Other bases, including Fort Hood in Texas, are doing similar training, teaching soldiers how to identify problems and react better and more quickly. Moving the training to earlier in a soldier's first job puts greater emphasis on it and is designed to set the tone for behavior going forward.
Building a new prevention workforce, however, is only slowly getting off the ground. A key challenge is the tight labor market, said Beth Foster, executive director of the Pentagon’s office of force resiliency.
“That’s been a challenge for us,” said Foster. “It is difficult in the labor environment in this country right now to hire specialized personnel.”
She said the department is developing a recruitment plan and hopes to tap into colleges and universities and also seek professionals who are military spouses or veterans. She said it’s difficult to say how many — if any — people have actually been hired because the various military services are doing that themselves.
Once in place, the money and the hiring will “go a long way toward funding and sustaining change over time,” said Nate Galbreath, acting director of the Pentagon’s sexual assault prevention and response office.
More than half of those in the survey said they were not satisfied with the response of their chain of command or law enforcement to their particular incident, and 30% to 40% were unhappy with the assault response staff. Those totals, said department officials, showed a sharp, and unusual, decline in trust since 2018, when the survey was last conducted.
The distrust was far greater among women.
For example, just 39% of women said they trusted the military to treat them with dignity and respect, and 40% didn't trust that the military would ensure their safety after the assault incident.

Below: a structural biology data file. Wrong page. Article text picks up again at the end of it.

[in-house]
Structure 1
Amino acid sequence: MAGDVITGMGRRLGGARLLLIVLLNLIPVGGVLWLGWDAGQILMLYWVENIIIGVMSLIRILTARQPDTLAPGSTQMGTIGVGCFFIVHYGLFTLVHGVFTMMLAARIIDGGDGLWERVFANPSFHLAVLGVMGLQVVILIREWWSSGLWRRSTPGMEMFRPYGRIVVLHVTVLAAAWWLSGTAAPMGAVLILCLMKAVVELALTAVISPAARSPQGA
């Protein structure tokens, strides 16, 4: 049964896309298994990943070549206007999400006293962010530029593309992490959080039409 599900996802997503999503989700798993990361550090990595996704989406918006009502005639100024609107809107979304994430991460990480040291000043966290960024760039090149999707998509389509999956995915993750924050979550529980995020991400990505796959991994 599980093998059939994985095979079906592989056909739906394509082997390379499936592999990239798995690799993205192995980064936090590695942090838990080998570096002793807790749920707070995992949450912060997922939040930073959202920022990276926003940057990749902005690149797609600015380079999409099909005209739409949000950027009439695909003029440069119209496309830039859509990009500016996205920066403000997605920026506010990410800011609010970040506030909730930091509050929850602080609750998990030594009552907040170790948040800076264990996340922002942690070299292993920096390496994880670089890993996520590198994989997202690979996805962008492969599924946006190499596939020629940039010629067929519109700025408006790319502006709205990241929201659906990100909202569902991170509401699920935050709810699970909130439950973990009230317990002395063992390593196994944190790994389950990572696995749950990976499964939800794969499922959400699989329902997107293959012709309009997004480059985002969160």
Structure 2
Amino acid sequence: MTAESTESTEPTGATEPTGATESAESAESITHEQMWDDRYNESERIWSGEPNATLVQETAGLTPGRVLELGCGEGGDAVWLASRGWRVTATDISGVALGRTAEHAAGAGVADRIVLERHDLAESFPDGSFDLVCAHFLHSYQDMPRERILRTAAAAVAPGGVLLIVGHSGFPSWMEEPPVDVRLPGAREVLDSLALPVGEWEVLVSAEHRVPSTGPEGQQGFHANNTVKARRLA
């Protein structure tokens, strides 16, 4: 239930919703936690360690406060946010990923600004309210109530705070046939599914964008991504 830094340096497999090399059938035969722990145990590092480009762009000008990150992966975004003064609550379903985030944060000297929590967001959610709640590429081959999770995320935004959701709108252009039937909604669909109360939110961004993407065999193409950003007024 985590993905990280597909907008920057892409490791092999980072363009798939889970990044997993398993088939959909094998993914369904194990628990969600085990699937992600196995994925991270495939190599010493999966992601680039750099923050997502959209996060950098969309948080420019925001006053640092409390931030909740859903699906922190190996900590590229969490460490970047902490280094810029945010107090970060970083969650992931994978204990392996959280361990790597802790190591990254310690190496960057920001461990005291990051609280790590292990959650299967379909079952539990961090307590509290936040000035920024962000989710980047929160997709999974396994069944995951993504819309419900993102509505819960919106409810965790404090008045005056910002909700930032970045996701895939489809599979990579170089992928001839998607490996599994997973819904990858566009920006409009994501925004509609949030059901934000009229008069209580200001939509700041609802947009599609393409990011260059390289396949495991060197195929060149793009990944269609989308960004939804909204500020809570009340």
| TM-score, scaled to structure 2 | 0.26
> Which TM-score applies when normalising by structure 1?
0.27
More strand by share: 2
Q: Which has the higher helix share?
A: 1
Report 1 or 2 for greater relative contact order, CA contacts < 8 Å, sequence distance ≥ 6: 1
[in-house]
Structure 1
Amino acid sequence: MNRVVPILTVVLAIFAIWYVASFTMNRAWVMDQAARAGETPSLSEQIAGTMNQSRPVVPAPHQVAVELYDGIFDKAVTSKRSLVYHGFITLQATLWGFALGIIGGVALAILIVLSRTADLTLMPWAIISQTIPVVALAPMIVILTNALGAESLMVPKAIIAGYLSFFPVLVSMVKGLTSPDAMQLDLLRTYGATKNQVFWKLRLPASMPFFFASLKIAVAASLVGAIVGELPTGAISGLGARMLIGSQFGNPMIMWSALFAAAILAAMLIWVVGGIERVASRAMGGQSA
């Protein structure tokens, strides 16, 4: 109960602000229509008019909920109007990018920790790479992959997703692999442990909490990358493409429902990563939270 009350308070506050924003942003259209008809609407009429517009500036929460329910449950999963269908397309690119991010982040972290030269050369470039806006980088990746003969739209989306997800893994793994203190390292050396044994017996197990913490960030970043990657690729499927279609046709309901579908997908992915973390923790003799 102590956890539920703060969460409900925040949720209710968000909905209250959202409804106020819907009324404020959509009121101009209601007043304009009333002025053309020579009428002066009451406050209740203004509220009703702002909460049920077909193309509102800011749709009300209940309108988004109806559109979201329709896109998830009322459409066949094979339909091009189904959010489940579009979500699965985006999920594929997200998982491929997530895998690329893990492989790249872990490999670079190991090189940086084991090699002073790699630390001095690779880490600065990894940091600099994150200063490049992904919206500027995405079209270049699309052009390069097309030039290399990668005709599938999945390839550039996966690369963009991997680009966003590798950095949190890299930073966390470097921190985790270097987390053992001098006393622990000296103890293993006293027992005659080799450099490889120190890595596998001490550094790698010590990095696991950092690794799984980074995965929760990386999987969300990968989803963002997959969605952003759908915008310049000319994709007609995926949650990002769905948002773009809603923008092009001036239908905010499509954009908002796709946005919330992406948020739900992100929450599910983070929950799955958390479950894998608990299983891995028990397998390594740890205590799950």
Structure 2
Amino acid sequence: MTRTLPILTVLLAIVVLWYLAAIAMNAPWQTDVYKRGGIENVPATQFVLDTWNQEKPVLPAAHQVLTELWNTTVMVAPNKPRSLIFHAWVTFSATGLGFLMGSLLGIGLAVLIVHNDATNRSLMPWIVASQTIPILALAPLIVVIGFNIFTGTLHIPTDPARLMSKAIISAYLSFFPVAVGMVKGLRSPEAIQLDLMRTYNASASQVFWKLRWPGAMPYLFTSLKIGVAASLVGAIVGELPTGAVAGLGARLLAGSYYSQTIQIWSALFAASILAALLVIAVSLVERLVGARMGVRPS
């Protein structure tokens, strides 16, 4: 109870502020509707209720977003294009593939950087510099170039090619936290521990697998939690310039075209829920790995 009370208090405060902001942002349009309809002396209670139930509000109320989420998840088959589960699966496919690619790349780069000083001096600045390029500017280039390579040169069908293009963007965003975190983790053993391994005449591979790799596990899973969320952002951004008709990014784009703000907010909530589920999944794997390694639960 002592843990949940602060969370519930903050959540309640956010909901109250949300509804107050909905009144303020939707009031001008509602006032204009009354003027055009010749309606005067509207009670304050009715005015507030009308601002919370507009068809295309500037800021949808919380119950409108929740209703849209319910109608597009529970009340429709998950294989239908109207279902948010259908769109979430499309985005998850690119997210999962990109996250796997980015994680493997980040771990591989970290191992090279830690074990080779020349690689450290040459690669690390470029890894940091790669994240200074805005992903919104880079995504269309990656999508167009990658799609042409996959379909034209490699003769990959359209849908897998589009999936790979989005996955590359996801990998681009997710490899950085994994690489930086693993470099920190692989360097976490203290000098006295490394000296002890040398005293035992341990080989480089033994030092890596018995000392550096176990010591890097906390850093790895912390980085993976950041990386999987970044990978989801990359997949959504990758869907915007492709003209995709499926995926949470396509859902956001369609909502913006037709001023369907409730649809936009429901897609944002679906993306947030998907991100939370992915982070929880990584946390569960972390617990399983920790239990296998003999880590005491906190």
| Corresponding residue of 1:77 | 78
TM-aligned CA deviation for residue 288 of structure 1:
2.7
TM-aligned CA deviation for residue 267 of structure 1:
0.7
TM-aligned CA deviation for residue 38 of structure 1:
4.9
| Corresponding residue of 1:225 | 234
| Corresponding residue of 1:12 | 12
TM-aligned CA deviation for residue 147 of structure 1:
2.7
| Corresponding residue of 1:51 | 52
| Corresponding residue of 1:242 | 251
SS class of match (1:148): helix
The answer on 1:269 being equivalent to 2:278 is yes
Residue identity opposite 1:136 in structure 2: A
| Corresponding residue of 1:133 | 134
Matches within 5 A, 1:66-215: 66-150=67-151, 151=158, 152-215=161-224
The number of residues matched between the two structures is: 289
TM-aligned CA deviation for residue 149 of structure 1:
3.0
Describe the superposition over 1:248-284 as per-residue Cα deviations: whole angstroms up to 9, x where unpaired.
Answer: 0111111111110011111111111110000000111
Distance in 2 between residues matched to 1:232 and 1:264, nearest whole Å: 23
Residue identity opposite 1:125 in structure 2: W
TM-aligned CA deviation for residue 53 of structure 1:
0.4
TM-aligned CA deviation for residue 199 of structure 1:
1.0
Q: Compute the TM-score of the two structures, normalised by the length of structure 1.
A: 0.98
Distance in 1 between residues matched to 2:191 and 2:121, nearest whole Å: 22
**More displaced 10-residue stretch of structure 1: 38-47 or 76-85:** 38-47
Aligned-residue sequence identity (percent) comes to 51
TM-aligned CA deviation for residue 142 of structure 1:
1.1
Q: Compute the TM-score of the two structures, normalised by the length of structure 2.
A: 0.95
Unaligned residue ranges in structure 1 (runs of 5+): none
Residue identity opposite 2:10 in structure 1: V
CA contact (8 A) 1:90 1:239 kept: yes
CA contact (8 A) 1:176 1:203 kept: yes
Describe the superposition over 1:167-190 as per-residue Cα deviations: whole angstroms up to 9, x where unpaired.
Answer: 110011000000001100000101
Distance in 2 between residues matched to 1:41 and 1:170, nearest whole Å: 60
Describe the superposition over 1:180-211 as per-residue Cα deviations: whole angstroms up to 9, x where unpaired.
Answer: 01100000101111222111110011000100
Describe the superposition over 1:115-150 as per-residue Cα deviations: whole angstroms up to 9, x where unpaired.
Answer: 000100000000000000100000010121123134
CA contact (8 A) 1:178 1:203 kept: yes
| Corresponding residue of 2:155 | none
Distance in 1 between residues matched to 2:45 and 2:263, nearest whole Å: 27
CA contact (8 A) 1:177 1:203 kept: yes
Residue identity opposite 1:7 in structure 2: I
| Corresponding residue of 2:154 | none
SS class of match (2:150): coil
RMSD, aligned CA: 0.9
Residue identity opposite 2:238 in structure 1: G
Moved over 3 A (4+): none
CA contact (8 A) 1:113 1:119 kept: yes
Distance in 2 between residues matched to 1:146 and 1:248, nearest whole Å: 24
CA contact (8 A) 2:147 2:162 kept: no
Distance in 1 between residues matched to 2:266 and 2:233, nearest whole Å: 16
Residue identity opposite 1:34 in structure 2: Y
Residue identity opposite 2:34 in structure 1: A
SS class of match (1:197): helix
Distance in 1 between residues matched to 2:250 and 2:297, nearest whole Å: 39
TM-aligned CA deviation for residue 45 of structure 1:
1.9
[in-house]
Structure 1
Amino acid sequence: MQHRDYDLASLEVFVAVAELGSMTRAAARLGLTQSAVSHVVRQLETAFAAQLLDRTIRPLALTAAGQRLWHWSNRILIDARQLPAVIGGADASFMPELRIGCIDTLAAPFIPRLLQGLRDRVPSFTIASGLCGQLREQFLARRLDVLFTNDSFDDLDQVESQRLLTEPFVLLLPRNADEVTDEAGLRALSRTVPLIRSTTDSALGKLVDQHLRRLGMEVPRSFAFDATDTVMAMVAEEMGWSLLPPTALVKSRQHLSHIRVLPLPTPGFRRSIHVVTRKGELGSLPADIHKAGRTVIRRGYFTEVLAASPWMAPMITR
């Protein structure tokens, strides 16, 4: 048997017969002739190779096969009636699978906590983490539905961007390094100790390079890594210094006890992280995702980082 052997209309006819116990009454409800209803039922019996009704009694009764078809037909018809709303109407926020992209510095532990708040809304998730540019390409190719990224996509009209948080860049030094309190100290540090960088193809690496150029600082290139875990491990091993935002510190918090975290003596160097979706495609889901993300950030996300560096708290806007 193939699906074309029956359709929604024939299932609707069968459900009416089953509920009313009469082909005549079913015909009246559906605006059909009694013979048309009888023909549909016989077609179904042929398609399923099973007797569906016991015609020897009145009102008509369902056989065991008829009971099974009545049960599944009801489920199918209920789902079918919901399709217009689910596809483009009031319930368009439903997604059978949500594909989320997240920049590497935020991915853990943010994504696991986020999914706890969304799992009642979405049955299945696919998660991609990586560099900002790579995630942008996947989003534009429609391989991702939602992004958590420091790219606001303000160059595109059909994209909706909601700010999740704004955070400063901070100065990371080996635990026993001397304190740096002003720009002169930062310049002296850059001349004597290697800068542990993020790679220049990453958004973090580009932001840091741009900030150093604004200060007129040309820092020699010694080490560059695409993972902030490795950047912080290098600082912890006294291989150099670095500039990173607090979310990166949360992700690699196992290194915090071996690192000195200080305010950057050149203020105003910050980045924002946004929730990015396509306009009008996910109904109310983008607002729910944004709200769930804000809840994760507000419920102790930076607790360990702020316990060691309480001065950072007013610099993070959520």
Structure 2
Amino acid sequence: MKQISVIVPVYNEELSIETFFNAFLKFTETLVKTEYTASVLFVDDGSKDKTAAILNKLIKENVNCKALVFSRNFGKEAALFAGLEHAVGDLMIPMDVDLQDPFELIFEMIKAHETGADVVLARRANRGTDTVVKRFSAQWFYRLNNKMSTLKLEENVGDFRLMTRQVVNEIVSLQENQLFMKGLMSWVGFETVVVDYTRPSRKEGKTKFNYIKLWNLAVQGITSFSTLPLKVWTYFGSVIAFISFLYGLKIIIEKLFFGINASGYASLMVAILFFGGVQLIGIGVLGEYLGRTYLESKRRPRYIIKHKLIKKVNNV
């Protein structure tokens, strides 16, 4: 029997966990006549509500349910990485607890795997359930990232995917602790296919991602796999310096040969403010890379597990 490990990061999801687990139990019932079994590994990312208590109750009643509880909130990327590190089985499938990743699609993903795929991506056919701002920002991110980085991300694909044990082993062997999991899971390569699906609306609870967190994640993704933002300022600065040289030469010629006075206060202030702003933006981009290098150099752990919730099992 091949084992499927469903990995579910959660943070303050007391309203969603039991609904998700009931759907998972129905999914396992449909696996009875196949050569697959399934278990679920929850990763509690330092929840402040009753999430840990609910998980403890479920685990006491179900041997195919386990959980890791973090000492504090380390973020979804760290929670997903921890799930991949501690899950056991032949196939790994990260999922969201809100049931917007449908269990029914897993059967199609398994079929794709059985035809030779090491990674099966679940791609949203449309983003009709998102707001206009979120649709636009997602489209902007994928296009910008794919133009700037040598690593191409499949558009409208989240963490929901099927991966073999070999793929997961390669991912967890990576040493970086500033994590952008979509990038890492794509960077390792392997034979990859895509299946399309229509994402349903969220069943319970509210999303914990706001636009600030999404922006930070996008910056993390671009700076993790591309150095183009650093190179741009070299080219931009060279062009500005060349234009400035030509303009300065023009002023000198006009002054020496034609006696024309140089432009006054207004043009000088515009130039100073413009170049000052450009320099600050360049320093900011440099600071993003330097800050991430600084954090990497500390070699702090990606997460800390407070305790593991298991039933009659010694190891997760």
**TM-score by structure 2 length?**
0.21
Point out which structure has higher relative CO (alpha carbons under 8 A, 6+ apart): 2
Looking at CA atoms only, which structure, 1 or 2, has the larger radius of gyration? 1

Ashlea Klahr, director of health and resilience research for the Pentagon, said some of the decline may reflect a broader distrust in the military and other government organizations that has deepened in recent years.
“We also see declining retention intentions, and declining confidence in potential recruits and in their influencers in terms of whether or not the military is doing a good job of addressing sexual assault,” she said.
In addition, assault prevention and response staff — including victims' advocates, lawyers and response coordinators — reported a sharp spike in stress, job burnout and fatigue. They complained about the impact of the pandemic on their ability to treat people and do their jobs.
Unwanted sexual conduct — which includes everything from rape to touching — increased across the board last year in the military. In addition to the Army's nearly 26% jump, the increase in Navy reports was about 9%, the Air Force was a bit more than 2% and the Marine Corps was less than 2%.
The big increases come as all the services — particularly the Army —- are struggling to meet recruiting goals this year. Officials agree that increased sexual assaults can hurt recruiting, as parents and other influencers become more wary of allowing young people to serve.